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Western Sydney Parklands

Our Bringing Back the Bush tree-planting program has been encouraging kids to get their hands dirty for more than five years now. Enabling nearby school students to develop a lifelong connection between nature and Western Sydney Parklands. 

In 2021 from Lizard Log we brought this free outdoor learning opportunity to Stage 2 students who would not normally get to participate in an excursion or community program due to economic, social or geographical disadvantage. We covered both the program fee and transport costs to and from the Parklands. 

When: Tuesdays

Who: Stage 2*

Time: 9:30am – 2:30pm 

Where: Lizard Log, Western Sydney Parklands

*We cater for a minimum of 150 to a maximum of 240 students. If your group size is small, we may invite your stage 1 and/or 3 to join us or combine you with another school. If your stage is larger than 240 students, we may provide an additional excursion date.

Bringing Back the Bush - Creating Habitats in Sydney's West

Why are we Bringing Back the Bush?

 Our goals are simple. Through the Bringing Back the Bush program we want to:

  • connect the community to this special place and the traditional custodians of this area

  • regenerate the Cumberland Plain Woodland (listed as ‘critically endangered’ by the Australian Government) which once covered 30% of Sydney

What do kids do during Bringing Back the Bush?

Students engage in cross-curricular activities with indigenous cultural perspectives, science, geography, sustainability, and tree planting to restore native habitat for native animals of the area.

While helping us plant native trees, shrubs, grasses and wildflowers in the Parklands, students also get a fun, hands-on lesson in an outdoor classroom.  Students learn the art of mapping, explore the different habitats provided by the Cumberland Plain Woodland, and the animals that call them home and participate in an Aboriginal cultural presentation with Dharug elders.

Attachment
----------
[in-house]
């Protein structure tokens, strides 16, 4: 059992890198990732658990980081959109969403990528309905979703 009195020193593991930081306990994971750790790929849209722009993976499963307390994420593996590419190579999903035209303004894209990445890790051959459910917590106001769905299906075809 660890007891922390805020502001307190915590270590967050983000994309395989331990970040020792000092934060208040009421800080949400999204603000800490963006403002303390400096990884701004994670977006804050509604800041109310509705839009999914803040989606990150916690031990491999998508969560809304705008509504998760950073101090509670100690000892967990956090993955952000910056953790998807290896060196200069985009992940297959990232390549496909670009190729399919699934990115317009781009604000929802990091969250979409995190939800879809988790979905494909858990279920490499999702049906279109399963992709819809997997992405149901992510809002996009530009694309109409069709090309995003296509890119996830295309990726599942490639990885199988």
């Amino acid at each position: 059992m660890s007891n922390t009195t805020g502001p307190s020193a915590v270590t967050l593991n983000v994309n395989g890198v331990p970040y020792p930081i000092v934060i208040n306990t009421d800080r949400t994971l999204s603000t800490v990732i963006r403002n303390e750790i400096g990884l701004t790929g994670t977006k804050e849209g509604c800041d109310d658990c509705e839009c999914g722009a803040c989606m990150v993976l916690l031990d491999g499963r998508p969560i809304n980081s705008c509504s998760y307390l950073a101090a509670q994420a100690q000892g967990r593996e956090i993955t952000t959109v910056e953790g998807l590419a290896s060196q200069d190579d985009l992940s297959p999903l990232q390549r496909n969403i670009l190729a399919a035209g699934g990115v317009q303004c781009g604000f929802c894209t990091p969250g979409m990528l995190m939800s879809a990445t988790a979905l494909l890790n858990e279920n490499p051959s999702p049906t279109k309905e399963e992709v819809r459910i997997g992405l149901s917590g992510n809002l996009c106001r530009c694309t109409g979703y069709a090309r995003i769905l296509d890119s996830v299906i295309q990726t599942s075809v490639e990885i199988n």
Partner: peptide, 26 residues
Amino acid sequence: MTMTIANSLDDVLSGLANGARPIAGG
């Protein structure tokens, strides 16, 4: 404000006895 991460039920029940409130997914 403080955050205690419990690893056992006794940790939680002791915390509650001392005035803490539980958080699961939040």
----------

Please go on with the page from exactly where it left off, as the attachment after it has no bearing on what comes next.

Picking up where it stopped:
Stage 2 Outcomes:


GE2-1 examines features and characteristics of places and environments.

GE2-2 describes the ways people, places and environments interact.


ST2-4LW-S – compares features and characteristics of living and non-living things.


MA2-1WM – uses appropriate terminology to describe and symbols to represent, mathematical ideas

MA2-17MG uses simple maps and grids to represent position and follow routes, including using compass directions.

Aboriginal Languages

2MBC1 – A student recognises the link between culture and a sense of identity.

2.MBC.2 - A student recognises connections between Aboriginal culture, language, land, and a sense of identity.

What happens after attending Bringing Back the Bush?

Back at school students can draw a picture of their time at Lizard Log and write about their experience. Past students drew images that have been used in our Lizard Log Kids Trail Map for all students attending the program to use.

Students are encouraged to return to Lizard Log with their families to visit their tree planting site, have a picnic, and play in the Lizard Log playground. By bringing back the bush native animals, such as the Eastern Grey Kangaroo and the Dwarf Tree Frog can also return to the area.

Why do schools love Bringing Back the Bush?

“We have had amazing feedback from our parents and community members, saying their children came home from the excursion and wouldn't stop talking about how much fun they had. They are excited to visit the park in the future and see their trees/plants grow. The Aboriginal Cultural activities were such an eye-opener for our students.”

Lauryn Fitton, Assistant Principal, Governor King Phillip Public School

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